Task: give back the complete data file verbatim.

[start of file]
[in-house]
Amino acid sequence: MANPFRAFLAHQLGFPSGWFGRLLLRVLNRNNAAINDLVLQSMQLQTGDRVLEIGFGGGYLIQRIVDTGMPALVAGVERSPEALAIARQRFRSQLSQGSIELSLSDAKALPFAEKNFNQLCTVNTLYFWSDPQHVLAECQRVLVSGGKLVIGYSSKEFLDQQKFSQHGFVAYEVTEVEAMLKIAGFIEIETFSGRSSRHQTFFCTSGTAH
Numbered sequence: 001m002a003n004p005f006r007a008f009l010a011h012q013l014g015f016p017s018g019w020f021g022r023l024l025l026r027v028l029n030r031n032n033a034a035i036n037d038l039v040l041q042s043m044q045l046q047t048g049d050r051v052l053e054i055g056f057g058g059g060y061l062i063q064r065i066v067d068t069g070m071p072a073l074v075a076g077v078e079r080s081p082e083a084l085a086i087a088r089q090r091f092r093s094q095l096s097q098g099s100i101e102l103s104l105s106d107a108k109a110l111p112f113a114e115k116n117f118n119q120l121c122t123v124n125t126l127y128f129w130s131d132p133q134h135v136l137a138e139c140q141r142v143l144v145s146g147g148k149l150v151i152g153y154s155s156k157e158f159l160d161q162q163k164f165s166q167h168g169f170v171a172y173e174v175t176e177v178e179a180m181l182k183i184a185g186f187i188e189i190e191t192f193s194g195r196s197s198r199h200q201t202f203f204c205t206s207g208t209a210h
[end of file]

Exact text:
[in-house]
Amino acid sequence: MANPFRAFLAHQLGFPSGWFGRLLLRVLNRNNAAINDLVLQSMQLQTGDRVLEIGFGGGYLIQRIVDTGMPALVAGVERSPEALAIARQRFRSQLSQGSIELSLSDAKALPFAEKNFNQLCTVNTLYFWSDPQHVLAECQRVLVSGGKLVIGYSSKEFLDQQKFSQHGFVAYEVTEVEAMLKIAGFIEIETFSGRSSRHQTFFCTSGTAH
Numbered sequence: 001m002a003n004p005f006r007a008f009l010a011h012q013l014g015f016p017s018g019w020f021g022r023l024l025l026r027v028l029n030r031n032n033a034a035i036n037d038l039v040l041q042s043m044q045l046q047t048g049d050r051v052l053e054i055g056f057g058g059g060y061l062i063q064r065i066v067d068t069g070m071p072a073l074v075a076g077v078e079r080s081p082e083a084l085a086i087a088r089q090r091f092r093s094q095l096s097q098g099s100i101e102l103s104l105s106d107a108k109a110l111p112f113a114e115k116n117f118n119q120l121c122t123v124n125t126l127y128f129w130s131d132p133q134h135v136l137a138e139c140q141r142v143l144v145s146g147g148k149l150v151i152g153y154s155s156k157e158f159l160d161q162q163k164f165s166q167h168g169f170v171a172y173e174v175t176e177v178e179a180m181l182k183i184a185g186f187i188e189i190e191t192f193s194g195r196s197s198r199h200q201t202f203f204c205t206s207g208t209a210h